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40 years ago on Tuesday April 8, 1974, Hank Aaron hit a home run, the 715th of his career. That blast broke the all time home run record previously held by baseball legend, Babe Ruth. That is a story in and of itself that requires a book, not a blog.

But, when I head this news on Tuesday, I reflected back and was amazed at the technological advancements over the past 40 years.

According to the Bible, Moses and the Israelites roamed the wilderness for 40 years and the only technological advancements in that time seem to be quail, water from a rock, and manna from heaven. We can still see modern evidence that remains today of those miracles, KFC, bottled water and baklava.

(Don’t believe me about the baklava? In Exodus 16:31, manna is described as, “white like coriander seed and tasted like wafers made with honey.”)

In the 40 years since Aaron and his historic dinger, the technological advances have been astounding. (Ironically, Aaron is the namesake of Moses brother and spokesman. It is one of the first documentations of an agent to represent someone. Baseball symmetry, catch it!)

Microwave ovens, electric cars, TV’s, digital cameras, cell phones, satellite and digital feeds are all relatively normal now, but were only a dream in 1974.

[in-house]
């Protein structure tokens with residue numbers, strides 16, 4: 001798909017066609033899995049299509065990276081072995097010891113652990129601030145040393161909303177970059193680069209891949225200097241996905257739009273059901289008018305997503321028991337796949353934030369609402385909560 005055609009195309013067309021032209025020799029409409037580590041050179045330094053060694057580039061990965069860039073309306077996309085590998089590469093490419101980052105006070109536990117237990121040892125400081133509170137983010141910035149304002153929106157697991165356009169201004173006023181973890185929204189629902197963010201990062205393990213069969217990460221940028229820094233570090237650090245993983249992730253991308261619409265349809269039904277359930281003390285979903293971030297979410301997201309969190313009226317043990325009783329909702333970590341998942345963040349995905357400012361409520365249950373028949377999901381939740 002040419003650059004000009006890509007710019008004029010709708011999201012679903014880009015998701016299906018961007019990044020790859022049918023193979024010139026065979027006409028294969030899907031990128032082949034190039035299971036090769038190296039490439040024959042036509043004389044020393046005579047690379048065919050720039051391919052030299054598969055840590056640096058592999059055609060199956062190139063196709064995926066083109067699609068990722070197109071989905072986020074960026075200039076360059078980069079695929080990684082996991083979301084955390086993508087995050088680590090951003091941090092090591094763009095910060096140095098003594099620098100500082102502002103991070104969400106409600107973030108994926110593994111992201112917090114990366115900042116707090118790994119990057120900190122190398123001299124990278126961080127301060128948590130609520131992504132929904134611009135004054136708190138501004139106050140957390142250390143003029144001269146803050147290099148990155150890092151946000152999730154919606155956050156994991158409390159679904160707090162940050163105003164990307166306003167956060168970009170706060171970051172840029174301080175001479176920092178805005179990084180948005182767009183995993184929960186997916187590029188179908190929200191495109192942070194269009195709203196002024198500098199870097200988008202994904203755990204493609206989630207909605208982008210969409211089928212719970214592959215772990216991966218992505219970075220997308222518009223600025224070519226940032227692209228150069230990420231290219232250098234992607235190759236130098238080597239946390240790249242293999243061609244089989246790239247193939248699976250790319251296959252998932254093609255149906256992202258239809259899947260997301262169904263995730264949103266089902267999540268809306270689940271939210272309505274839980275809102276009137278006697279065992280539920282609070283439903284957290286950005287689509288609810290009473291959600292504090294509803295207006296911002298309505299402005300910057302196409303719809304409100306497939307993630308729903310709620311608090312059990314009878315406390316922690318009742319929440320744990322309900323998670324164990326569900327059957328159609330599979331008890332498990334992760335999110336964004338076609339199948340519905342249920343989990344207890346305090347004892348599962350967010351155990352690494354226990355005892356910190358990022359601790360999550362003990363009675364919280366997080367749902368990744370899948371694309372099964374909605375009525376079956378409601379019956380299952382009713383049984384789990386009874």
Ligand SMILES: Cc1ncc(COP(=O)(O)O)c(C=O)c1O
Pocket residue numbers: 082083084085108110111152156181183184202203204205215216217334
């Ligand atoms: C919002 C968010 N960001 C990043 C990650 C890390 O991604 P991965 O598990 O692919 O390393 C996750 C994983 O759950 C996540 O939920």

Social media and the whole internet thing, have developed and changed the way we communicate. We don’t even need to really talk to people anymore. Not sure if that is an “improvement” or not.

Many advancements that were once considered technological breakthroughs have even been rendered obsolete over the course of these same 40 years.

Music sources went from records to cassettes, to CD’s to videos to digital downloads. You can hear and see virtually any song you like with a touch of a button.

TV’s went from 19 inches to bulky big 32 inch big screens to light weight flat 50 inch screens that are broadcast in high definition. (I wonder if a Grateful Dead concert would be called high, high definition?)

TV sources went from antenna to cable to satellite to digital. You can watch anything you want anytime you want. You can even watch stuff on your cell phone or a tablet.

Hardly anybody sells film anymore as cameras have advanced from cameras with film to digital cameras to pictures you can take on your phone. Instead of waiting three days for your film to be developed to find out if you blinked, cameras these days have instant blink detection.

As Crash Davis said in the pitchers mound scene of the classic baseball movie, Bull Durham, “we’re dealing with a lot of shit.”

Speaking of dealing with a lot of shit, who knew what Hammering Hank was dealing with 40 years ago. It was more than the home run. Here’s a link to a book that I will admit I have not read, but the Amazon review is compelling enough to give a little insight to the trials and tribulations of the times even in 1974.

http://www.amazon.com/Hank-Aaron-Home-Changed-America/dp/B000HWYR1E

Here’s an excerpt from the review:

“Aaron’s magnificent feat provoked bigotry and shattered prejudice, inspired a generation, emboldened a flagging civil rights movement, and called forth the demons that haunted Aaron’s every step and turned what should have been a joyous pursuit into a hellish nightmare.”

So as we wander once again this Wednesday, Wedwand wonders if our progress in technology reflects progression in our perception of people.

Maybe yes. Maybe no. But we sure have cool phones now.

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